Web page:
Golfers should avoid starchy foods like potatoes, white breads, corn, and foods high in sugars. These can make you tired and less able to concentrate properly. They will rob you of stamina rather than enhance it.

 

Caffeine and alcohol can adversely affect your performance. Caffeine over-stimulates your muscles and increases your heart rate, making it difficult to concentrate. Alcoholic beverages, while appearing to relax your mind, can significantly reduce your coordination, even in small doses.

 

Your body is an electronic computer that requires air, food, sun and water.  When the body gets depleted in any one of these areas, it becomes unbalanced. Balance happens in our chemical body when the food ingested is high in protein, and low in saturated fats and low in carbohydrates. The Mediterranean Diet is a good example of eating a balanced diet.

 

Golfers need to drink lots of water. Anywhere from eight to ten glasses per day is optimal, and more than that may be necessary when playing – especially during the summer or in places with an exceedingly warm climate. Phoenix and Las Vegas, for example, are two of the most popular cities in the US for golf and they have two of the most unforgiving summer climates. Hydration is very important.

 

Fruits are easy to digest and can satisfy cravings for sweets. Fruits should be eaten by themselves, making them an ideal food for the golf course. The deeper color the berry the higher antioxidant properties it has. Acai berry, blueberries, pomegranate, and blackberries are examples of fruits now in season.

 

Everything in the universe operates in cycles. Nothing stays at peak performance at all times. To maintain high performance levels and to avoid feeling down requires proper sustenance of the body. Here are some suggestions for keeping your bio-chemical body physically, mentally, and emotionally stable so you have the energy to produce your peak performances throughout the entire round and/or tournament.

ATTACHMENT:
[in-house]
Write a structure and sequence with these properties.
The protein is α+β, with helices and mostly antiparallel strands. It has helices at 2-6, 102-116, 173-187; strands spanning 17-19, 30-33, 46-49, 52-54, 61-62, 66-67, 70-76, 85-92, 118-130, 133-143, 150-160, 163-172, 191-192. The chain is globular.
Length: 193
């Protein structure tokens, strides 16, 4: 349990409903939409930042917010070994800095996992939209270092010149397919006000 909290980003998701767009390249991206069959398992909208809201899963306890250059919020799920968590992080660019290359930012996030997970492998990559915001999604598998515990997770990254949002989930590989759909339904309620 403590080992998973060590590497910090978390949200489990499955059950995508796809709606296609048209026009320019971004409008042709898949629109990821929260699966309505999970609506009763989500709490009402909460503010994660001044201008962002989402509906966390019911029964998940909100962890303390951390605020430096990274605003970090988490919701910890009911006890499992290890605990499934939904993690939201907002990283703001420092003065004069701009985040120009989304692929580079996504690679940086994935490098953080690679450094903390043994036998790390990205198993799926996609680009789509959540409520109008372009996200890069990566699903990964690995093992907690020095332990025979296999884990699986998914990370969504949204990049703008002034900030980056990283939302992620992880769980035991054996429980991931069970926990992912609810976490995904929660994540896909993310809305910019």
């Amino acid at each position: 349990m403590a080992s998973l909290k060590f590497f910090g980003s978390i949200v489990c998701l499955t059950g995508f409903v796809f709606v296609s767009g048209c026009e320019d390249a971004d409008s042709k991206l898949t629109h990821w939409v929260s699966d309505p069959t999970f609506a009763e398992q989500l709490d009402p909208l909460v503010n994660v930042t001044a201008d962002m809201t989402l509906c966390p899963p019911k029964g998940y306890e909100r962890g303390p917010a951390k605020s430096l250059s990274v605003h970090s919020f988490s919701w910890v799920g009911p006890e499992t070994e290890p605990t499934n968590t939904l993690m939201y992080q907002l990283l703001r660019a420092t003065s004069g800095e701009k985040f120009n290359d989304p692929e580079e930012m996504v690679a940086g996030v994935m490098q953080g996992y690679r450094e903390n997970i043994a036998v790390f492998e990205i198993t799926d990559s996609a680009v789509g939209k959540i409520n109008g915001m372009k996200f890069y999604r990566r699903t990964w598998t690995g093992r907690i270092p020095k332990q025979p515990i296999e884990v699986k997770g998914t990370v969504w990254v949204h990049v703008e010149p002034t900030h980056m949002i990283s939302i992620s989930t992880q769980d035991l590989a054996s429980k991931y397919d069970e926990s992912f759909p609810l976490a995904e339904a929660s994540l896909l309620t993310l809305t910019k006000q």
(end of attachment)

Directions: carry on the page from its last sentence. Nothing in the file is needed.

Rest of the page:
·       Eat a diet high in protein, low in saturated fat and carbohydrates. Proteins promote increased alertness, and the ability to make decisions under pressure.    

·       Reduce your intake of sugar.  It is important to stabilize your blood sugar levels.  Sugar raises the glucose levels causing the production of insulin.  Your muscles will feel energized for a short period of time before the insulin reduces the glucose below the original level and your brain will be starved for energy, and will crave more sugar for energy..

·       Eat breakfast.  This will begin to provide glucose to your brain and body and you will be off to a good energy start to the day.  A good breakfast would be oatmeal or brown rice with some additional protein.

·       Eat every three hours.  Eating small meals at regular intervals causes digestion to occur slowly and continuously.  Your nervous system is then receiving a continuous supply of glucose for sustained mental performance.

·       Eat fruit 30 minutes before or 2 hours after a meal. Fruits are best eaten alone. They have a moderate to low insulin-stimulating effect, and have vitamins.

·       Drink water, water, and more water.  It is important to drink water because it is beneficial to your organs, especially the kidneys.  It is recommended that you drink a minimum of six to eight, 8-ounce glasses of water daily, 12 glasses if you are overweight.  Add one glass of water for each cup of coffee, alcoholic beverage, and soda you drink.  Make water your beverage of choice. Drink at least one full glass of water in the morning before going outside.

 

The most important aspect of chemically nurturing your body is to take the time to enjoy the foods you eat. Just as you give your pre-shot routine and golf game your full attention, love what you eat by savoring the taste, smell, and texture of each food. Tune in and enjoy your food. Your body will then know that you are nurturing it, helping it to digest the foods easily to fuel your muscles and to keep your nervous system balanced.

 

Entrain Your Heart & Brain for Peak Performances!

 

© Copyright PMI 2010. All Rights Reserved.

 

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If this monthly mental instruction newsletter has been helpful to you, please share it with your friends so they can have more fun playing the game of golf while lowering their scores. Also, please share with us how this information has helped improve your game. If you have a question, or need help with your mental game, email Joan at pmi4@bellsouth.net.